These two examples showcase how the Humans of the Civil War lesson plan can be used in a variety of classroom contexts.  Teachers should use their professional judgement to modify the lesson plan as appropriate for their students.

Conclusion and Implications for the Classroom

The primary affordances of tools like the iPad and platforms such as HONY may be their power to engage students in the use of technology tools that provide mechanisms and context to think through complex systems and ideas.  The challenge, in moving forward, may be that teachers do not always see these devices and platforms as tools that can enhance their pedagogical strategies.  The key will be to help those individuals, through specific PD and experiences, to recognize the power that these tools provide.  Given the right supports and platforms, the iPad and other mobile devices can be utilized as a way for teachers to engage students in the use of primary resources and the study of history and other social studies topics.  Though we have not yet found the best ways to bridge this integration gap, experiences like Humans of the Civil War will help us continue to refine the types of practices, integration, and lessons used in iPad and mobile device integrated classrooms.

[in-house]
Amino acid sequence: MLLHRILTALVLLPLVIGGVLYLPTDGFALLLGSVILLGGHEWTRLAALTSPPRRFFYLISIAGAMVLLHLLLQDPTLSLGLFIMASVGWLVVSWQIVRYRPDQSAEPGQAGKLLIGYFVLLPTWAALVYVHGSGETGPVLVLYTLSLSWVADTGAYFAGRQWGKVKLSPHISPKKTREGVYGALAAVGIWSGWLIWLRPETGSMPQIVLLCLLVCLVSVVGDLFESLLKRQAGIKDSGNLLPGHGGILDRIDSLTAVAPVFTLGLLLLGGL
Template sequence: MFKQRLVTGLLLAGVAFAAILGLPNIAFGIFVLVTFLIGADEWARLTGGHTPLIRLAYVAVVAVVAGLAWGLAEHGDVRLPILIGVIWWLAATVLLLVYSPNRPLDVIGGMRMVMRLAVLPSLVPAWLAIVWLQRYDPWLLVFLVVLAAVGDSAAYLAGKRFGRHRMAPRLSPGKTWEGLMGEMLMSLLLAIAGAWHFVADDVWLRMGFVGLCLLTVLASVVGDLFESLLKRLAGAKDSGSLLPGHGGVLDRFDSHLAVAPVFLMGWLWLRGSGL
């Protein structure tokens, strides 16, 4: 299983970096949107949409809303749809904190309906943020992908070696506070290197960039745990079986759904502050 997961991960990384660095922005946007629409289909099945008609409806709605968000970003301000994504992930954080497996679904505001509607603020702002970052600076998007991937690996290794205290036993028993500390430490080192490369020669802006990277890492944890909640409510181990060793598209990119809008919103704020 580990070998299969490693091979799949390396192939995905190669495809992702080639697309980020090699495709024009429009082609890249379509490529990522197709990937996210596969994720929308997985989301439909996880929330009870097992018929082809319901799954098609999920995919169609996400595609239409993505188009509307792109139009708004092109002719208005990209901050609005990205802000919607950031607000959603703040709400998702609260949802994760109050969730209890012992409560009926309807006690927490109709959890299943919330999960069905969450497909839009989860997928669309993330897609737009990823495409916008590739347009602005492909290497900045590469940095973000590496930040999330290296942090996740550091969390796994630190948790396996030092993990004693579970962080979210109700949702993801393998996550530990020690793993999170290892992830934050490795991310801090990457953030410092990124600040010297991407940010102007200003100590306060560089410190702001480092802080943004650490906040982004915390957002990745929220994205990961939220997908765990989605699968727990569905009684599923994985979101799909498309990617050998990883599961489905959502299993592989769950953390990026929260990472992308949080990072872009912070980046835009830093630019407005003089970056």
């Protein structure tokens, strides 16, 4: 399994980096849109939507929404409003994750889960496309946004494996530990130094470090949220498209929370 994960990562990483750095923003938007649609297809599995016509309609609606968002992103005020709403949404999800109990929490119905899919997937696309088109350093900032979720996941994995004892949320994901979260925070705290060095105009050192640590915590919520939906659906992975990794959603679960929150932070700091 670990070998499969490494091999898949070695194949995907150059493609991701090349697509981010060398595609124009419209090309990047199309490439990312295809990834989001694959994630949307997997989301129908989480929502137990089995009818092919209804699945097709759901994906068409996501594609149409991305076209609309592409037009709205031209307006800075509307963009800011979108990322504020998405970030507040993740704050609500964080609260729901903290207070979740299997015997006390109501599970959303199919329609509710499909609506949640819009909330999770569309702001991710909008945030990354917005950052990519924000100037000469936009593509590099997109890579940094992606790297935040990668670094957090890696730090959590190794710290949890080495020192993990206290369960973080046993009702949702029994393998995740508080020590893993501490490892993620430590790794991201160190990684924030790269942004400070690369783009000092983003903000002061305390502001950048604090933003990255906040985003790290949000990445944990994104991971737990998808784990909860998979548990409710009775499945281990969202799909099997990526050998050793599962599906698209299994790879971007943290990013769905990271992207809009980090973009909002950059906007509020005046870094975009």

The Humans of the Civil War activity exemplifies the five steps of a transformed lesson according to the RAT framework (Hughes et al., 2006).  Following are the ways in which this lesson met all five steps:

The actual mental work changed and expanded.  Students are responsible for conducting research, using both traditional research techniques (e.g., a library) and online resources, thus expanding what and how they are learning beyond a didactic lecture.  The way teachers think about and approach the lesson also changed. Students were able to take ownership of their learning, which may result in increasing engagement and ultimately learning.

The number of variables involved in the mental process expanded.  Students are introduced to websites, mobile devices, filming, photography, interviewing, and note taking.  By integrating these tools, students not only develop technology skills but they apply these skills in authentic ways that may enhance their learning experience.

The tool changed the organization in which it has been used.  By using mobile devices, websites, and digital presentations to engage students in learning about the individuals who lived during and participated in some way in the American Civil War, technology moved the lesson beyond traditional teacher-centered lectures followed by pen and paper tests toward a student-centered, inquiry-driven classroom.